This is a deeply excoriating play for the unwary traveller.
It transforms an ordinary railway journey into an emotional rollercoaster in which brief encounters show love’s arrivals and departures.
This seemingly low key tale with its low key monochrome setting of just three cold, unforgiving four-seat metallic benches gathers an intensity of heat that explodes into some of the most emotionally-charged moments I can recall at this theatre for a long time. These sparks were not predictable in the earlier scenes, which more resembled a farce revolving around a luggage case and a whistle.
The two halves of the play close together as a circle, forming a symmetry that defied initial preconceptions.
There’s the usual Ayckbournian themes of communication, or lack of it, and dysfunctional relationships but this drills deeper. And for anyone who missed the point, the very final scene with all exeunt apart from two, lonely, pink-clad little girls reinforces the despair and sadness of how personal disengagement can easily and devastatingly become corrosive.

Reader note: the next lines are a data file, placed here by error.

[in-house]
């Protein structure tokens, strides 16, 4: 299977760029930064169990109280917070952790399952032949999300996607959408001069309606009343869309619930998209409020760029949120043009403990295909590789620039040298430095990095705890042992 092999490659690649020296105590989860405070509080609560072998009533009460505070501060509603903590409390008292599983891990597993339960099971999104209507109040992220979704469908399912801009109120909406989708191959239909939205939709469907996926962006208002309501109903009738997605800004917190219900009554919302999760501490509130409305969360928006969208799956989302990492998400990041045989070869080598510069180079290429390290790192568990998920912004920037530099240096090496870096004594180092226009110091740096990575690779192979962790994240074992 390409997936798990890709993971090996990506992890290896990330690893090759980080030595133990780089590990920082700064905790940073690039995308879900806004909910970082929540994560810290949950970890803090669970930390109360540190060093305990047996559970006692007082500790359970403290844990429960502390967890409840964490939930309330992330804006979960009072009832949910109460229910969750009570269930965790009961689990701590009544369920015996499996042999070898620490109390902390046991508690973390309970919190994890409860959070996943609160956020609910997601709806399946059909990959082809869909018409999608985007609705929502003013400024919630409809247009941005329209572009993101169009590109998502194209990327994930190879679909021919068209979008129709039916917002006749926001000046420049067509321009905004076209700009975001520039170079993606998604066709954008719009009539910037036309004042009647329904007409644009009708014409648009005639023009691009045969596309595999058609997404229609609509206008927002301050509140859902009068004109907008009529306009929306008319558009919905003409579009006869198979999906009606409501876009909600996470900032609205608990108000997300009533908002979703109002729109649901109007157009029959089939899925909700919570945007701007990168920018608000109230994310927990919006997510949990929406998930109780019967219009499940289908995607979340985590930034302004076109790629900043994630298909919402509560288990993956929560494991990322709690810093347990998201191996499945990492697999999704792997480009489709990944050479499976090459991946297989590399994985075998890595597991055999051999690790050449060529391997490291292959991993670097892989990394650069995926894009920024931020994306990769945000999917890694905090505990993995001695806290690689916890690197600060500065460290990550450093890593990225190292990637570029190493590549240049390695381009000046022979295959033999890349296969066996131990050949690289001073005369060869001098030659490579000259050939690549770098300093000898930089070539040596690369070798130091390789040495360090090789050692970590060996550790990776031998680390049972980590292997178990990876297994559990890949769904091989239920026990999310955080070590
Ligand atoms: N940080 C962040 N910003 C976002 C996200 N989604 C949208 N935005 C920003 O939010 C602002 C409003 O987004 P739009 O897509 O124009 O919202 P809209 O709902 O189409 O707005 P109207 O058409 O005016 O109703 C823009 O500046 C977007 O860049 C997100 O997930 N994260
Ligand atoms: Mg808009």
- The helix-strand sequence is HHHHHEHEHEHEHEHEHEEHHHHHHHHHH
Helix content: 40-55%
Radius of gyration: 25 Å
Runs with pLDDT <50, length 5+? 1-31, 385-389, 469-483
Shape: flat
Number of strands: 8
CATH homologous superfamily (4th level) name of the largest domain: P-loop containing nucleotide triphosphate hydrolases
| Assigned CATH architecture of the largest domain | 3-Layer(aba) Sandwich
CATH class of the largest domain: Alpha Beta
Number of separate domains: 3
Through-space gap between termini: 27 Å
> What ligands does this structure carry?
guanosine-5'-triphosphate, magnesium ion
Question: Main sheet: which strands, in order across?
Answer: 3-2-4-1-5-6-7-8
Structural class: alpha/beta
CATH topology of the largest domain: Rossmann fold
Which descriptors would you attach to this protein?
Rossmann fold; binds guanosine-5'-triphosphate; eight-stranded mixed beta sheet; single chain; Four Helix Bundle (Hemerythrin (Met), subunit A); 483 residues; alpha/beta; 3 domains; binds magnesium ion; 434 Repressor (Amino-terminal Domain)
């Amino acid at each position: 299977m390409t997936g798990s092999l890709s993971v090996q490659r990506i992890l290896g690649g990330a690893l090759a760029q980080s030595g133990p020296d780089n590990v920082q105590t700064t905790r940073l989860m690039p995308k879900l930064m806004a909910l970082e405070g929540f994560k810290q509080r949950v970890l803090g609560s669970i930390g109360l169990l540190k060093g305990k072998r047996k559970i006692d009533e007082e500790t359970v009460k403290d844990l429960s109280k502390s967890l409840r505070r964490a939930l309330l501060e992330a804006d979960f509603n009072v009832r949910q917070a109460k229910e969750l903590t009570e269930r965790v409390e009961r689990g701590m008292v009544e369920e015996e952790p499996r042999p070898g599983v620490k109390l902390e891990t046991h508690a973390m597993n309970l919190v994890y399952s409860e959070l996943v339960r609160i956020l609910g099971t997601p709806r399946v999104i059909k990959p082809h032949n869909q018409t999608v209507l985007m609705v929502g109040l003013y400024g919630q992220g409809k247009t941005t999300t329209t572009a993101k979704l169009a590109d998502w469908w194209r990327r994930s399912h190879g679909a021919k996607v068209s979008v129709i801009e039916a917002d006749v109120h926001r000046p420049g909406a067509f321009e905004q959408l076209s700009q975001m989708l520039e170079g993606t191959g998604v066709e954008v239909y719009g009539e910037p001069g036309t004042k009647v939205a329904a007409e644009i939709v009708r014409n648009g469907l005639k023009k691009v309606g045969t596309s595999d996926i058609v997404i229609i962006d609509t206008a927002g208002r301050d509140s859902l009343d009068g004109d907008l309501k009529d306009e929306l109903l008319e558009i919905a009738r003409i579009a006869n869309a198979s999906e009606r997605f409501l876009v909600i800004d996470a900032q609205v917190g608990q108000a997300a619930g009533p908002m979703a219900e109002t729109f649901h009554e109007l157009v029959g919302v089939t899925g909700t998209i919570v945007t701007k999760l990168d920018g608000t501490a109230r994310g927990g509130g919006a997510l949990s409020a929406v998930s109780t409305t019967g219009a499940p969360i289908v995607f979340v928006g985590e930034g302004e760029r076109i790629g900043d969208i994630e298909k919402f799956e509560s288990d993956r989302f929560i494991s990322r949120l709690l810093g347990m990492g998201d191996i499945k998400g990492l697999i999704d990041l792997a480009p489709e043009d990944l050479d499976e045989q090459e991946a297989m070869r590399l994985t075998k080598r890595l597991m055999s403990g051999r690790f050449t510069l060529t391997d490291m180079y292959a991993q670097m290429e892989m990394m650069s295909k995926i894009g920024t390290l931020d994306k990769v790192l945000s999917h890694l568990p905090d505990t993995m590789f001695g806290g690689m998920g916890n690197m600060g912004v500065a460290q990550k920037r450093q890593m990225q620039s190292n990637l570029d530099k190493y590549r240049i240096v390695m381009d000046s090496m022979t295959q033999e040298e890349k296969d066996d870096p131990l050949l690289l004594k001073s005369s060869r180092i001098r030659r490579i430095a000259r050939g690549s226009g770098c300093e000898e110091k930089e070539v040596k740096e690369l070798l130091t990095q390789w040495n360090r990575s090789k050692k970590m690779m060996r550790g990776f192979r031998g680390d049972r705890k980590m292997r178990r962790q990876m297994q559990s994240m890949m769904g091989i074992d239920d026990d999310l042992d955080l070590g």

Masked by the wit and jokes about Stevenage, there are scalpel-sharp twists about relationship disintegration, and principally about the daughter-father bond.
The audience are passengers at a station that starts with Quentin (Terence Booth), the voice of the establishment – and irrelevance. He is a platform apart from the tortured, neutralised soul of Ez, played uncompromisingly by Elizabeth Boag. You have to be patient and let the jigsaw glide naturally into place.
And it’s the character of Barry (Kim Wall) the buffoon, OTT Tyke who becomes the messenger of high, serious, real drama.
It is on at the Stephen Joseph Theatre on various dates until October 5.
Review by Ed Asquith